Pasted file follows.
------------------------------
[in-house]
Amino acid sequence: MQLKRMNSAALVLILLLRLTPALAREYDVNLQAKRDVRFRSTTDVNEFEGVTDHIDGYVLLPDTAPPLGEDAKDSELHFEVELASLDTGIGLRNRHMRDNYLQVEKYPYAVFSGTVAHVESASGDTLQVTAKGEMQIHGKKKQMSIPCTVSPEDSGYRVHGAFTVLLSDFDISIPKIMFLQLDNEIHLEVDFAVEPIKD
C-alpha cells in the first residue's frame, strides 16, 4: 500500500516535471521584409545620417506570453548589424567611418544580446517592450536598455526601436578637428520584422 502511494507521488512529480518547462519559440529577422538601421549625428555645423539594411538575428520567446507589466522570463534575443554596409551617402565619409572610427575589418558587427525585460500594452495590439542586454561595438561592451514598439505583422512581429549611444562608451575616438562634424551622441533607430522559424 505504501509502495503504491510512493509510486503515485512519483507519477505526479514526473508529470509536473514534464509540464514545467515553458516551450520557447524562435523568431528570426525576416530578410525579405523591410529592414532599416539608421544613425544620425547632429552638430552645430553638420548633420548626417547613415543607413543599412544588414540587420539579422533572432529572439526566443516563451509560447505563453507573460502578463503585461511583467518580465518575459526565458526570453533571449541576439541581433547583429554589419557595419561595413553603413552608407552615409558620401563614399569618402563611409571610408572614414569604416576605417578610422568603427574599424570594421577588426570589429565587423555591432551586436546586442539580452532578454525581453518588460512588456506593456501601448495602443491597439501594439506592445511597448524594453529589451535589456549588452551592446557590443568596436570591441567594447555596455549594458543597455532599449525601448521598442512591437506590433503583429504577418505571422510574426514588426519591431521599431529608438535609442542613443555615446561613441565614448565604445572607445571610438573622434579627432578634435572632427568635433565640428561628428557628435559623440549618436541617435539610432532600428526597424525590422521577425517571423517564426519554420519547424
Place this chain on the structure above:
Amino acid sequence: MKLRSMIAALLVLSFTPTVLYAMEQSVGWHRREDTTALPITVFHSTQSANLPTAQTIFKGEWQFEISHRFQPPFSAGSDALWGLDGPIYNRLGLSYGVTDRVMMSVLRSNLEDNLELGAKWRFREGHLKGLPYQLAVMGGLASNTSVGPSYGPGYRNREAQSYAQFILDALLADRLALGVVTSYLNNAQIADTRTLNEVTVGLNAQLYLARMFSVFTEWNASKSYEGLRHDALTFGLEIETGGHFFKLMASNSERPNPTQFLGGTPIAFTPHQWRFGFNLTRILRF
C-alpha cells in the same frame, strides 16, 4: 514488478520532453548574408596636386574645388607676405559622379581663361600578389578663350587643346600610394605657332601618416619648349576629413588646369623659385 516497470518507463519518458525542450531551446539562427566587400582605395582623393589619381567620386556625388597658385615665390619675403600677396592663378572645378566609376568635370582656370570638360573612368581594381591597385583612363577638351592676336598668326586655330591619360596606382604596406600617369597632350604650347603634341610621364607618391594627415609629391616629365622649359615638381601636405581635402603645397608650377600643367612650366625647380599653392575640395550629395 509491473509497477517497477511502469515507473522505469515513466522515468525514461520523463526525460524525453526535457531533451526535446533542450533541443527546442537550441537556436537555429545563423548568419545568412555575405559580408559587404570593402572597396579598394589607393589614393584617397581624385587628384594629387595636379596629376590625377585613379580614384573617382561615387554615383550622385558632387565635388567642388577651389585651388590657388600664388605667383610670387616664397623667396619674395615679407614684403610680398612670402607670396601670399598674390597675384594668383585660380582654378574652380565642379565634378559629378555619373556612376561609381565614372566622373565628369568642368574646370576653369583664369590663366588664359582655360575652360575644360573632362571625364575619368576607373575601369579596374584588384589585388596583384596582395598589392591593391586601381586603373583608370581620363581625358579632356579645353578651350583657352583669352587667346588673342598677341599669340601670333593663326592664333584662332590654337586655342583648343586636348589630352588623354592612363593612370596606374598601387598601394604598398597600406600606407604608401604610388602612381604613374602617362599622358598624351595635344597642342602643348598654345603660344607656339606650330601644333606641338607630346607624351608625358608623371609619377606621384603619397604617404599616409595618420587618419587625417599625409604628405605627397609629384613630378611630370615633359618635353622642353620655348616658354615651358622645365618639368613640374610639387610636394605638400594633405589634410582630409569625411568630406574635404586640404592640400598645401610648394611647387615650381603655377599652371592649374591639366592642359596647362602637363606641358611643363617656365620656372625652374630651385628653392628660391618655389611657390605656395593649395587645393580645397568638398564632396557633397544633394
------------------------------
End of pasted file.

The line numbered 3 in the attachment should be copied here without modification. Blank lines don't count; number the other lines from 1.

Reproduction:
C-alpha cells in the first residue's frame, strides 16, 4: 500500500516535471521584409545620417506570453548589424567611418544580446517592450536598455526601436578637428520584422 502511494507521488512529480518547462519559440529577422538601421549625428555645423539594411538575428520567446507589466522570463534575443554596409551617402565619409572610427575589418558587427525585460500594452495590439542586454561595438561592451514598439505583422512581429549611444562608451575616438562634424551622441533607430522559424 505504501509502495503504491510512493509510486503515485512519483507519477505526479514526473508529470509536473514534464509540464514545467515553458516551450520557447524562435523568431528570426525576416530578410525579405523591410529592414532599416539608421544613425544620425547632429552638430552645430553638420548633420548626417547613415543607413543599412544588414540587420539579422533572432529572439526566443516563451509560447505563453507573460502578463503585461511583467518580465518575459526565458526570453533571449541576439541581433547583429554589419557595419561595413553603413552608407552615409558620401563614399569618402563611409571610408572614414569604416576605417578610422568603427574599424570594421577588426570589429565587423555591432551586436546586442539580452532578454525581453518588460512588456506593456501601448495602443491597439501594439506592445511597448524594453529589451535589456549588452551592446557590443568596436570591441567594447555596455549594458543597455532599449525601448521598442512591437506590433503583429504577418505571422510574426514588426519591431521599431529608438535609442542613443555615446561613441565614448565604445572607445571610438573622434579627432578634435572632427568635433565640428561628428557628435559623440549618436541617435539610432532600428526597424525590422521577425517571423517564426519554420519547424